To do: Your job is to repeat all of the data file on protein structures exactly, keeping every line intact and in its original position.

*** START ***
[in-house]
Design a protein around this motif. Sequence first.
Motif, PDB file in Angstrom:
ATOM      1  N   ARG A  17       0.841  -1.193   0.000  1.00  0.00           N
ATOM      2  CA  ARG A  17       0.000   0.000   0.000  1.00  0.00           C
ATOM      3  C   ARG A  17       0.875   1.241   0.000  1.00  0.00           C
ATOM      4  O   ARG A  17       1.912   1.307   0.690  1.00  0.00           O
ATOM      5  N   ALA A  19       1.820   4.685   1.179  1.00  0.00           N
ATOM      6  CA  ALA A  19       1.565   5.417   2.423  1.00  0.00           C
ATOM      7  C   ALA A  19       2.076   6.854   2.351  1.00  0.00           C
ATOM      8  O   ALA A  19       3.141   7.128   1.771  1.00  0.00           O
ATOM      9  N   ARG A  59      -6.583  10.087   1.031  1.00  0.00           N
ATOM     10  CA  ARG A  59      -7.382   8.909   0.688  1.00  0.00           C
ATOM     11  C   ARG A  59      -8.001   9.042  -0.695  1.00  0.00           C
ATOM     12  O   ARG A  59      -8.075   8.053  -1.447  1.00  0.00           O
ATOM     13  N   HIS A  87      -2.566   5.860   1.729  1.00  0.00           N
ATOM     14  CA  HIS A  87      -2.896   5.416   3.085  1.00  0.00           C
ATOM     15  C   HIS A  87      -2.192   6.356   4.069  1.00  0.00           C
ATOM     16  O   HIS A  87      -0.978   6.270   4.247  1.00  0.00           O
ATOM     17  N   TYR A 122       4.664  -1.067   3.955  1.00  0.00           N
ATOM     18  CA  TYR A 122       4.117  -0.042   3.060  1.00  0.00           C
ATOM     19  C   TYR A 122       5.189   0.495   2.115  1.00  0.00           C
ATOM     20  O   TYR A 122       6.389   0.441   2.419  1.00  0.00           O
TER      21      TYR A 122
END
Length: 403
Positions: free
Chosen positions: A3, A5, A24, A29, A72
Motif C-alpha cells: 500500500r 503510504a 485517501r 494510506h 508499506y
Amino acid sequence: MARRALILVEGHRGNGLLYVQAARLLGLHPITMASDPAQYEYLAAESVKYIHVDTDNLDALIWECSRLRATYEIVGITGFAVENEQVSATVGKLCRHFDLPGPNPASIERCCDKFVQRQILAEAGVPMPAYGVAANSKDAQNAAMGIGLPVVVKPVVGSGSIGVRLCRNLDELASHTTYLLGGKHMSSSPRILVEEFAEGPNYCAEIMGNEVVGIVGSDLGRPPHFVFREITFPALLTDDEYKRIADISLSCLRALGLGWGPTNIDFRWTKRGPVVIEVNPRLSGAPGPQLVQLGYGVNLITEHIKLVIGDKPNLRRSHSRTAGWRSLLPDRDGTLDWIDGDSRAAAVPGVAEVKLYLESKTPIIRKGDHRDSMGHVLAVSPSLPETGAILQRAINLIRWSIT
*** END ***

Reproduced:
[in-house]
Design a protein around this motif. Sequence first.
Motif, PDB file in Angstrom:
ATOM      1  N   ARG A  17       0.841  -1.193   0.000  1.00  0.00           N
ATOM      2  CA  ARG A  17       0.000   0.000   0.000  1.00  0.00           C
ATOM      3  C   ARG A  17       0.875   1.241   0.000  1.00  0.00           C
ATOM      4  O   ARG A  17       1.912   1.307   0.690  1.00  0.00           O
ATOM      5  N   ALA A  19       1.820   4.685   1.179  1.00  0.00           N
ATOM      6  CA  ALA A  19       1.565   5.417   2.423  1.00  0.00           C
ATOM      7  C   ALA A  19       2.076   6.854   2.351  1.00  0.00           C
ATOM      8  O   ALA A  19       3.141   7.128   1.771  1.00  0.00           O
ATOM      9  N   ARG A  59      -6.583  10.087   1.031  1.00  0.00           N
ATOM     10  CA  ARG A  59      -7.382   8.909   0.688  1.00  0.00           C
ATOM     11  C   ARG A  59      -8.001   9.042  -0.695  1.00  0.00           C
ATOM     12  O   ARG A  59      -8.075   8.053  -1.447  1.00  0.00           O
ATOM     13  N   HIS A  87      -2.566   5.860   1.729  1.00  0.00           N
ATOM     14  CA  HIS A  87      -2.896   5.416   3.085  1.00  0.00           C
ATOM     15  C   HIS A  87      -2.192   6.356   4.069  1.00  0.00           C
ATOM     16  O   HIS A  87      -0.978   6.270   4.247  1.00  0.00           O
ATOM     17  N   TYR A 122       4.664  -1.067   3.955  1.00  0.00           N
ATOM     18  CA  TYR A 122       4.117  -0.042   3.060  1.00  0.00           C
ATOM     19  C   TYR A 122       5.189   0.495   2.115  1.00  0.00           C
ATOM     20  O   TYR A 122       6.389   0.441   2.419  1.00  0.00           O
TER      21      TYR A 122
END
Length: 403
Positions: free
Chosen positions: A3, A5, A24, A29, A72
Motif C-alpha cells: 500500500r 503510504a 485517501r 494510506h 508499506y
Amino acid sequence: MARRALILVEGHRGNGLLYVQAARLLGLHPITMASDPAQYEYLAAESVKYIHVDTDNLDALIWECSRLRATYEIVGITGFAVENEQVSATVGKLCRHFDLPGPNPASIERCCDKFVQRQILAEAGVPMPAYGVAANSKDAQNAAMGIGLPVVVKPVVGSGSIGVRLCRNLDELASHTTYLLGGKHMSSSPRILVEEFAEGPNYCAEIMGNEVVGIVGSDLGRPPHFVFREITFPALLTDDEYKRIADISLSCLRALGLGWGPTNIDFRWTKRGPVVIEVNPRLSGAPGPQLVQLGYGVNLITEHIKLVIGDKPNLRRSHSRTAGWRSLLPDRDGTLDWIDGDSRAAAVPGVAEVKLYLESKTPIIRKGDHRDSMGHVLAVSPSLPETGAILQRAINLIRWSIT